The Dead Are Alive (1972)


First off, this is a giallo.  Contrary to what the U.S. title may lead one to believe, there are no zombies in the flick.  The DVD cover and a blurb on the back also hint at flesh eating zombie action.  It’s an Italian flick too and they have some good zombie stuff.  That being said it isn’t a failing of the movie.  The Italian title translates to THE ETRUSCAN KILLS AGAIN which is also pregnant with menace.  

This is a giallo in the truest of senses.  Director Armando Crispino (AUTOPSY) takes a few liberties with the formula insofar that the killer does not wear black gloves, does not use a blade, surprisingly little sexuality, one nude girl blink and you miss her (the luscious Christina von Blanc from BELL FROM HELL and A VIRGIN AMONG THE LIVING DEAD) and hints at being supernatural in nature for a brief period.  Other than that it is true to form.  The protagonist is an American with a past, beautiful women are targeted, the deaths are fairly grisly, the killer is unseen with most of them seen through the eyes of the killer, and it features an adept, hard-nosed detective working his way through a series of skillfully placed red herrings. The Riz Ortolani score helps build the atmosphere of this moody flick.

I am a fan of gialli and THE DEAD ARE ALIVE is one of the more unique entries in the genre.  It is definitely toned down in comparison to Crispino’s AUTOPSY yet is still a good compelling story.  Professor Jason Porter (TV veteran Alex Cord-Airwolf, Fantasy Island, Route 66) is a tragic figure.  The archaeologist is a struggling alcoholic trying to rekindle his past romance with Myra (THE BROOD’s Samantha Eggar).  Myra is now married to the bombastic and combative conductor Nikos Samarkis (John Marley from THE GODFATHER)  and she also has a seemingly inappropriate relationship with her stepson Igor (Carlo de Mejo).  Others who become embroiled in the mystery include the flamboyant choreographer Stephen (Horst Frank), twisted security guard Otello (Vladen Holec) and supporting beauties Irene (Daniela Surina) and Gisselle (Wendy D’Olive).  Enzo Tarascio (THE NIGHT EVELYN CAME OUT OF THE GRAVE and TRINITY IS STILL MY NAME) is spot on as he plays the stalwart Inspector Giuranna.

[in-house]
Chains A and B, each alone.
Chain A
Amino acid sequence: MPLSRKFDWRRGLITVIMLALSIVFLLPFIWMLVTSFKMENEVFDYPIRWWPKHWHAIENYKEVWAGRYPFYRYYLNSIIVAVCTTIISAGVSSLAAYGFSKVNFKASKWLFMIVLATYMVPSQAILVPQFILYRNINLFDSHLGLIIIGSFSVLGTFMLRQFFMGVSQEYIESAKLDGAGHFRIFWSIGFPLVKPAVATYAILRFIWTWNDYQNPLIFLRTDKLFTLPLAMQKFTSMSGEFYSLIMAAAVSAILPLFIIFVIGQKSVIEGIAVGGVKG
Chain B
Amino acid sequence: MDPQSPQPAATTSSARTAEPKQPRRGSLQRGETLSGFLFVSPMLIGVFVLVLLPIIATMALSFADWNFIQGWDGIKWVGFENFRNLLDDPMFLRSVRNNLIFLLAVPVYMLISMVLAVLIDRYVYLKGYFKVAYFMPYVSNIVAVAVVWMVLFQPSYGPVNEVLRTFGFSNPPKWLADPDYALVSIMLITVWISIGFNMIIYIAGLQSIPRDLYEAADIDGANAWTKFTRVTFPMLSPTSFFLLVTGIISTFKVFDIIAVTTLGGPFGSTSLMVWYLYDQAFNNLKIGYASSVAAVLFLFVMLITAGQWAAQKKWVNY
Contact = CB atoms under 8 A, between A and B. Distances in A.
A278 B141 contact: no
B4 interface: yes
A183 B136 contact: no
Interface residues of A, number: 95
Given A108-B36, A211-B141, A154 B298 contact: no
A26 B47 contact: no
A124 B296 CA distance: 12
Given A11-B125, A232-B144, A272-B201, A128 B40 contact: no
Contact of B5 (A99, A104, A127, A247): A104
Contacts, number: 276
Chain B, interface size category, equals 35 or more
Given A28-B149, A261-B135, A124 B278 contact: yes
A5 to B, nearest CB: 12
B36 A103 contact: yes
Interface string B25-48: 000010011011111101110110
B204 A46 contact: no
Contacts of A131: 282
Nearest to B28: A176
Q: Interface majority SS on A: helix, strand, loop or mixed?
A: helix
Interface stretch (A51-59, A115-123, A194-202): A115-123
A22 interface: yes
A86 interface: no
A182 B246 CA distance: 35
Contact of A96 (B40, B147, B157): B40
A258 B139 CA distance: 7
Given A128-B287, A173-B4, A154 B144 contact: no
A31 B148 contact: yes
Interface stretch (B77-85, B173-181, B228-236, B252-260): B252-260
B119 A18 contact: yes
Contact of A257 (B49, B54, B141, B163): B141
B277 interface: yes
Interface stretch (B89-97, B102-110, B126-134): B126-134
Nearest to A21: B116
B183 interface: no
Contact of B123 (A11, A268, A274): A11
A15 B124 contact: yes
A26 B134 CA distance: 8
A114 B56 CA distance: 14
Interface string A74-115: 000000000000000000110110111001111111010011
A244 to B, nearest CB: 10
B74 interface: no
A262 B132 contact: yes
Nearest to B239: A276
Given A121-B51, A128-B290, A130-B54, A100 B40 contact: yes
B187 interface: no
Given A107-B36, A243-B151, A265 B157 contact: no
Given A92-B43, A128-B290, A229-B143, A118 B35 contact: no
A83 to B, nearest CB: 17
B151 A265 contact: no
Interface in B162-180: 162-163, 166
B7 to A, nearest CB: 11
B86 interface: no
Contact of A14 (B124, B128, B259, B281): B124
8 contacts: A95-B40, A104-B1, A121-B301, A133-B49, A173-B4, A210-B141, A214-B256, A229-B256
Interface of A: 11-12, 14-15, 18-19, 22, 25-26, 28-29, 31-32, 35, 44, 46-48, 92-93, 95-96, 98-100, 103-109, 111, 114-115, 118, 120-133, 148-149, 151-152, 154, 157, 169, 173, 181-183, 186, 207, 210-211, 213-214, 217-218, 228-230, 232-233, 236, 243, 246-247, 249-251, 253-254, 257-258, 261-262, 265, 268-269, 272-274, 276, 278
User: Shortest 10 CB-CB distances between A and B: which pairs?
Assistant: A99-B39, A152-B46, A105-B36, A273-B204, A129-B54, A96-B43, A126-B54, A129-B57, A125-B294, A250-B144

Jason and his team have discovered a tomb dedicated to the Etruscan’s cthonic demon god Tuchulcha.  He appears to be a photographer but he is addressed as professor and Stephen calls him a renowned grave robber leading me to believe he is the archaeologist heading up the dig.  His antics certainly wouldn’t be tolerated by a higher up so he must be the boss.  He photographs the tomb in situ with a remote probe and the team opens the tomb.  Soon amorous youths cannot resist the opportunity to ball in an ancient tomb but they are beat to death with a hunk of metal that resembles the probe.  Nikos becomes more and more unstable as his production does not seem to go as he wants, Jason drinks himself into oblivion a time or two and fights off the demons of his past while Myra must deal with both of them Nikos for whom she is merely a trophy and her ex, Jason who tried to rape and stab her in a drunken fit.  A blackmailing security guard muddles things up further for the struggling Jason as does the reappearance of Nikos’ first wife.  As the drama unfolds the bodies continue to pile up as Jason tries to work out if the killer is Tuchulcha, one of his minions, or is it the work of human hands?  One thing is for certain, zombies will not appear so I hope you are into this flick for the right reasons.

THE DEAD ARE ALIVE, like many giallo, also serves as a travel guide.  Other than some scenes filmed on a soundstage in Belgrade, Serbia (Yugoslavia at the time) the majority of the film is shot  on location in Perugia in and around Spoleto (the Duomo Santa Maria dell’Assunta and the Roman Theater feature prominently) and in Lazio in and around Tarquinia.  The Duomo can be seen as Jason stalks Stephen through the streets of Spoleto.  The Etruscan ruins are not in Spoleto but are the mound and dice tombs from Tarquinia’a Necropolis of Monterozzi, specifically the Tomb of Orcus.  The Italian countryside is beautiful and the cities look great.  THE DEAD ARE ALIVE’s location of Perugia should look familiar to fans of gialli as it is featured prominently in Sergio Martino’s TORSO.

The Code Red DVD looks fantastic. The picture is high quality, and the English language track does not pop or fade.  There is a forced trailer for FAMILY HONOR but there are no features and there isn’t even a menu but don’t let that detract from this classic giallo.  THE DEAD ARE ALIVE is a must have for giallo aficionados though it will be difficult to track down.  Due to a bit of a kerfuffle the Code Red release is no longer available directly and commands a premium price on the secondary market.

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